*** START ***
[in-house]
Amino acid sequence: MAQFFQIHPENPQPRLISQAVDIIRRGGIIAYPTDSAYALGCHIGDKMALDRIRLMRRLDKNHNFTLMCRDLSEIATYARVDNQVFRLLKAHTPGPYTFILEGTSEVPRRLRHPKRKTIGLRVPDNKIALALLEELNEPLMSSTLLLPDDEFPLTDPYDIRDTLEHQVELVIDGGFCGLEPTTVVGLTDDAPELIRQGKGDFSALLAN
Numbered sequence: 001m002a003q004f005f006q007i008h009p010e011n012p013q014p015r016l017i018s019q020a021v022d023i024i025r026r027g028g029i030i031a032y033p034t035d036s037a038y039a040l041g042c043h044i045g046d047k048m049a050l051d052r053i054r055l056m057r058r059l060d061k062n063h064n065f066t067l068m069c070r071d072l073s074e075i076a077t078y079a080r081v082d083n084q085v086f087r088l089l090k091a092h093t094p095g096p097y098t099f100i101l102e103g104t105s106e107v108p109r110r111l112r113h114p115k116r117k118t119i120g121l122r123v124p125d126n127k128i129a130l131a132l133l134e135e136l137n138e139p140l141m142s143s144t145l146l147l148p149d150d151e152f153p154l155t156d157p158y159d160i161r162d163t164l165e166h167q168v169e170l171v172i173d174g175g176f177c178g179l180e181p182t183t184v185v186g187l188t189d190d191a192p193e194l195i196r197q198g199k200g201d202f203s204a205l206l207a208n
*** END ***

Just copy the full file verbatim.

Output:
[in-house]
Amino acid sequence: MAQFFQIHPENPQPRLISQAVDIIRRGGIIAYPTDSAYALGCHIGDKMALDRIRLMRRLDKNHNFTLMCRDLSEIATYARVDNQVFRLLKAHTPGPYTFILEGTSEVPRRLRHPKRKTIGLRVPDNKIALALLEELNEPLMSSTLLLPDDEFPLTDPYDIRDTLEHQVELVIDGGFCGLEPTTVVGLTDDAPELIRQGKGDFSALLAN
Numbered sequence: 001m002a003q004f005f006q007i008h009p010e011n012p013q014p015r016l017i018s019q020a021v022d023i024i025r026r027g028g029i030i031a032y033p034t035d036s037a038y039a040l041g042c043h044i045g046d047k048m049a050l051d052r053i054r055l056m057r058r059l060d061k062n063h064n065f066t067l068m069c070r071d072l073s074e075i076a077t078y079a080r081v082d083n084q085v086f087r088l089l090k091a092h093t094p095g096p097y098t099f100i101l102e103g104t105s106e107v108p109r110r111l112r113h114p115k116r117k118t119i120g121l122r123v124p125d126n127k128i129a130l131a132l133l134e135e136l137n138e139p140l141m142s143s144t145l146l147l148p149d150d151e152f153p154l155t156d157p158y159d160i161r162d163t164l165e166h167q168v169e170l171v172i173d174g175g176f177c178g179l180e181p182t183t184v185v186g187l188t189d190d191a192p193e194l195i196r197q198g199k200g201d202f203s204a205l206l207a208n